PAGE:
Health-related quality of life (HRQOL) is a critically important outcome for patients with end-stage renal disease (ESRD). In recognition of this, in 2008, the Centers for Medicare and Medicaid Services (CMS) mandated annual assessment of HRQOL as part of its conditions for coverage for ESRD facilities [1]. The National Quality Forum selected the Kidney Disease Quality of Life Short-Form survey (KDQOL™-36) as the tool of choice for assessing this outcome in adult patients with ESRD; assessment is required within 4 months of initiating dialysis, and annually thereafter [2]. This 36-question survey instrument was published in 2000 [3], based upon a longer KDQOL instrument first developed in 1994 [4]. The KDQOL™-36 contains 5 subscales: the Physical Component Summary (PCS), Mental Component Summary (MCS), Burden of Kidney Disease (BKD), Symptoms and Problems of Kidney Disease (SPKD), and Effects of Kidney Disease (EKD). The first 2 subscales are a generic measure of HRQOL (and are identical to the SF-12), whereas the last 3 assess issues specific to patients with ESRD or earlier stages of chronic kidney disease.

In spite of the importance of HRQOL as an outcome, and the long-standing use of the KDQOL™-36 for its assessment among patients with ESRD, validation of the instrument has been fairly limited [5]. Indeed, the renal community in the United States has expressed concern regarding the relevance of the KDQOL™-36 in the current environment [6], given changes in ESRD care that have occurred since its development. Recent work has identified factors beyond those included in the KDQOL™-36 that patients have identified as important to their quality of life [7, 8], raising questions as to whether a revision of the KDQOL™-36 may be necessary.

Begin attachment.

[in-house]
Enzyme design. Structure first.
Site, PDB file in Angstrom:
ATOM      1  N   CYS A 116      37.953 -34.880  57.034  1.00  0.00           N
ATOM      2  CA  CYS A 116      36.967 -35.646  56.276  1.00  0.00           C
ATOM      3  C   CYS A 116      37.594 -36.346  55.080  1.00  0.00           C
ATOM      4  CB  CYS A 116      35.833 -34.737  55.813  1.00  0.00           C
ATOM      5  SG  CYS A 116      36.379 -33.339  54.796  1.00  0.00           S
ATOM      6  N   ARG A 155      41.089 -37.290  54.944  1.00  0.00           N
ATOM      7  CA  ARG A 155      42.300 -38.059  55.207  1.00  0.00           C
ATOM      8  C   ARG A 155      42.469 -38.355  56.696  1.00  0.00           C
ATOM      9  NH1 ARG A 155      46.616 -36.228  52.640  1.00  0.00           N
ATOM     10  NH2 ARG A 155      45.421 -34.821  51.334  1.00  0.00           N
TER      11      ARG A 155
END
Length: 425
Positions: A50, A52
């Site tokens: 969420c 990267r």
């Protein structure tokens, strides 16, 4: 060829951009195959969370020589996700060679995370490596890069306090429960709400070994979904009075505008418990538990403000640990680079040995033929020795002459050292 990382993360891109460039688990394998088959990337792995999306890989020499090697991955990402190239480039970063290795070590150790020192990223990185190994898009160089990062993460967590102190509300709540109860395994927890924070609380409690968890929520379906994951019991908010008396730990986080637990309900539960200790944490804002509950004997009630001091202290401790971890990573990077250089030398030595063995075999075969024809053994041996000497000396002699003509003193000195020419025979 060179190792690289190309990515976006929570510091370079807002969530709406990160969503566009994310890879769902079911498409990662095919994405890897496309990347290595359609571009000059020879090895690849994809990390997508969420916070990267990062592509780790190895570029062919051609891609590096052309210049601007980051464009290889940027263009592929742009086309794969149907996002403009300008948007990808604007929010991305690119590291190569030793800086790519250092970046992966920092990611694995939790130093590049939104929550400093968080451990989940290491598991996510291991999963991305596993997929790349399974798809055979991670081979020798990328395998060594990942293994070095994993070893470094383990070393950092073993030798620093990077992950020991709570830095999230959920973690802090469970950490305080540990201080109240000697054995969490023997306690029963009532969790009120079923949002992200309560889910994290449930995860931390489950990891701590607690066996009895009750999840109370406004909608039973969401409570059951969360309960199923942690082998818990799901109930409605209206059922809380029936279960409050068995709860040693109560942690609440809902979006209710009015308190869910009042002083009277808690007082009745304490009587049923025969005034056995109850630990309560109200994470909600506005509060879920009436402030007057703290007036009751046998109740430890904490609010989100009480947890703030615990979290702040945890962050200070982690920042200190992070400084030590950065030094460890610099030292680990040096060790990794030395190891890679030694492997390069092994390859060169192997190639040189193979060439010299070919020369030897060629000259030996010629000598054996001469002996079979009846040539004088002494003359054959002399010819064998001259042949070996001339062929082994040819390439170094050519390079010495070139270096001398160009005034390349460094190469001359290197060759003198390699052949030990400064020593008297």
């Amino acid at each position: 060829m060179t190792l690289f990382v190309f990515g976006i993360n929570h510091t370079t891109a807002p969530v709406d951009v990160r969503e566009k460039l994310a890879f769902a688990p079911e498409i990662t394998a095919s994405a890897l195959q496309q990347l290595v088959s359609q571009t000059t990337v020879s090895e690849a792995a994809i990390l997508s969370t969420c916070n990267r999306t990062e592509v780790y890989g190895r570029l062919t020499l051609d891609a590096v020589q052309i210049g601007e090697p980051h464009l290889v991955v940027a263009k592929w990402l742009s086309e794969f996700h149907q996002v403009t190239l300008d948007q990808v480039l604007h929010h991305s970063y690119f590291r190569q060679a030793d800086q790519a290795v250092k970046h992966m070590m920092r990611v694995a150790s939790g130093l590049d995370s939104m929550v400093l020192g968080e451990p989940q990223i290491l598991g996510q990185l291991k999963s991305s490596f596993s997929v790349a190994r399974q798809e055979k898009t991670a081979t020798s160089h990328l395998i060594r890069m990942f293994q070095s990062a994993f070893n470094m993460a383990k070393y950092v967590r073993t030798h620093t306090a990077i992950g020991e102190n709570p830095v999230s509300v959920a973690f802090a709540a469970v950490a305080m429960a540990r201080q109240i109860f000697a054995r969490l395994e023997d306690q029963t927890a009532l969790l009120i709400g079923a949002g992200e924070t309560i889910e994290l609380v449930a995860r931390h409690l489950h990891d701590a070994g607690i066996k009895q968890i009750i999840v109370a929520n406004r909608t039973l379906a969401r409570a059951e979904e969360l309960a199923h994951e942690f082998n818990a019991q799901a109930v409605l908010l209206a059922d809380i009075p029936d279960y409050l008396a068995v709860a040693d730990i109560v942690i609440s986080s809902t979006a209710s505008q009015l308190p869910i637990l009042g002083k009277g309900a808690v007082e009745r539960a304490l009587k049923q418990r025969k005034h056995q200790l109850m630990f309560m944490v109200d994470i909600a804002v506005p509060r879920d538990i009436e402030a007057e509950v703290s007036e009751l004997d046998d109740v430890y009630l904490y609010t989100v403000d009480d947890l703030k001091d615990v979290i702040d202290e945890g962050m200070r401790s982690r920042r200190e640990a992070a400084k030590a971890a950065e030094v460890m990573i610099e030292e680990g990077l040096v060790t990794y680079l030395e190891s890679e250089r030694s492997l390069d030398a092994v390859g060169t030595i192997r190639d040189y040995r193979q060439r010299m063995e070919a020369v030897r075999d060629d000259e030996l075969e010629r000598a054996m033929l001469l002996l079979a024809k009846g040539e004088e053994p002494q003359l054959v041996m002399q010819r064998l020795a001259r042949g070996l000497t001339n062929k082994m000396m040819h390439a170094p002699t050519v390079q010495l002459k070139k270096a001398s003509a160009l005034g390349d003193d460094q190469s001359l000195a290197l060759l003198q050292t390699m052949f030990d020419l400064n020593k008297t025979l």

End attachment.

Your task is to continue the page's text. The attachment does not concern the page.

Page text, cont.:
Here, we sought to understand the survey response rates, distribution of component scores, and distribution of responses to individual items among a large, nationally representative contemporary cohort of US patients with ESRD. We also sought to examine correlations between component scores, individual item responses, and fluid status. In particular, given the importance of disease symptoms as a driver of HRQOL [912], we sought to determine the extent to which the items comprising the SPKD subscale have remained relevant since the instrument’s development.

Methods

Patients, timeframe, and data sources